Google wearable prototype evokes rocket ship chitchat
Those who trace Google understand that a better question than what will Google think of next is rather what won't Google think of next. Some thoughts turn into projects; others into realtime launches and, well, this one, courtesy of a Time article.
Amit Singhal, senior vice president of search at Google and a Star Trek fan, revealed a prototype device as part of a recent interview with Time that would resonate with Star Trek fans. Singhal's version reportedly consisted of a Bluetooth-enabled lapel pin, said Android Headlines.
Think Combadge, a communications device attached to the lapel that allowed crew members to talk to one another and the ship's computer. In science fiction, said Time, Captain Picard and his crew talked via lapel pins, to artificial intelligence and crew on Starship Enterprise.
Google made a prototype device based on this very design, to work as a communications device. Time described what they came up with: An object worn on the chest, activated with a tap. The object is a black plastic circle. The prototype might output sound through an onboard speaker or by connecting to headphones, said Time.
Ron Amadeo in Ars Technica looked at the picture scored by Time: "In the close-up version, you can see holes for a speaker and a power light, along with what looks to be a tiny (and legally distinct from Star Trek) rocket ship."
According to TechSpot, "The black circular wearable features a speaker, microphone, power light and what's likely a button of some sort under Singhal's fingers to activate communications. The device can use Bluetooth to send commands to another mobile device, Singhal said."
Why did the Google team do this? The concept was intended to test how might users interact with voice search in new ways. Can the use of communication devices be easier than involving rummaging in pockets or bags for cellphones?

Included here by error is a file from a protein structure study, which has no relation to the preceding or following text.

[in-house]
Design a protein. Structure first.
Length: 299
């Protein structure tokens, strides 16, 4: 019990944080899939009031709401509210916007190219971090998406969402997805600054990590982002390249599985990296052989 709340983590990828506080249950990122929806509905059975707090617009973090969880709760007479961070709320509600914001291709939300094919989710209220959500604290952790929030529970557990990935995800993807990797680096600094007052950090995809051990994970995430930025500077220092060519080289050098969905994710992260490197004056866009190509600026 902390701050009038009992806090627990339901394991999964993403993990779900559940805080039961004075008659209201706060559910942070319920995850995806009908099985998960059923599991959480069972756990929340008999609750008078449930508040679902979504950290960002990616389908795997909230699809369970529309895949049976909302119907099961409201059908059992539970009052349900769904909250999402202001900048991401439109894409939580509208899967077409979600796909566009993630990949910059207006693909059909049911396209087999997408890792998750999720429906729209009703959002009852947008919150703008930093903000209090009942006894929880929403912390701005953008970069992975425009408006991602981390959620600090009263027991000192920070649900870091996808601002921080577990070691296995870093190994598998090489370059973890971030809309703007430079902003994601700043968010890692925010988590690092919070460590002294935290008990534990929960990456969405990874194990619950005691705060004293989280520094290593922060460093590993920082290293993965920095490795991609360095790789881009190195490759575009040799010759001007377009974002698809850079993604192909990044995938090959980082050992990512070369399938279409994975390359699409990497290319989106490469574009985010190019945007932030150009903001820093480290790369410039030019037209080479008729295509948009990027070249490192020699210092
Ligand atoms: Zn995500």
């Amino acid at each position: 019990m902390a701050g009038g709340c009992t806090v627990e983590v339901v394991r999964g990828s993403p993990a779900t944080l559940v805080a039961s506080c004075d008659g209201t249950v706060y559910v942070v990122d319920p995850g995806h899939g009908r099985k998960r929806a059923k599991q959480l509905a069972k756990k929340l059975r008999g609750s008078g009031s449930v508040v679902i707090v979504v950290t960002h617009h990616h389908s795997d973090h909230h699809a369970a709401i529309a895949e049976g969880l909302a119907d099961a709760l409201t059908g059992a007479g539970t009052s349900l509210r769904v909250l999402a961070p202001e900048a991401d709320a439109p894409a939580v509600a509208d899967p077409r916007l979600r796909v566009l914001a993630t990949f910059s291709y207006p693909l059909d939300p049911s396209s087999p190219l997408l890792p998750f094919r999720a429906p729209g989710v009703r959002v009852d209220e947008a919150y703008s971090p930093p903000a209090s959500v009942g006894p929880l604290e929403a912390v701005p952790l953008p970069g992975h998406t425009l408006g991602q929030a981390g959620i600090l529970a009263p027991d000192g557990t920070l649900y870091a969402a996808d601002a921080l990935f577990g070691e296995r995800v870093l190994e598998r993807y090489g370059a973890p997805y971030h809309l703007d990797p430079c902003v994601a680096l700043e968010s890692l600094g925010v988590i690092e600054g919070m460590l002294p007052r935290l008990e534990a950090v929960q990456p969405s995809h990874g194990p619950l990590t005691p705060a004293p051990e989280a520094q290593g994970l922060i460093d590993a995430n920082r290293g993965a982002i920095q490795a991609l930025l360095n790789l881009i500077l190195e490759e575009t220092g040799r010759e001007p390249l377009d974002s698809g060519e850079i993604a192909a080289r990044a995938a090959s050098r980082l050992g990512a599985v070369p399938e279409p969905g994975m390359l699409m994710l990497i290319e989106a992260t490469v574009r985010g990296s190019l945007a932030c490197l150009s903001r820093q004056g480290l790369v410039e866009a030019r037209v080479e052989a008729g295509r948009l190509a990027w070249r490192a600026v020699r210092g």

Time said: "The company is trying to redefine the way people access information through voice search, which is getting more adept at understanding natural language, as well as Google Now, a predictive service that tries to surface valuable information for users before they even think to search for it."
The device, has not left the testing phase, said Time. (It's not clear why Google decided against further production of the wireless communicator, said Shawn Knight in TechSpot.)
Apparently Singhal has been walking around for a long time with a thought about how to make voice search a more natural part of everyday life with less gadgets to make it work.
In 2012, Digital Spy reported on his thoughts about voice queries.
"Singhal claims that in the future everyday appliances could respond to user queries without the need to input them via a computer keyboard or mobile handset.
Digital Spy quoted Singhal. "You have to pull out your phone. You have to unlock the phone. You have to type. Already you have lost valuable seconds and the conversation has become unnatural and awkward."
Singhal had added, "I would make a bold prediction that in the next three to five years you will have a Star Trek assistant, with a lot more capability than your phone has now. We have built baby steps of this already."
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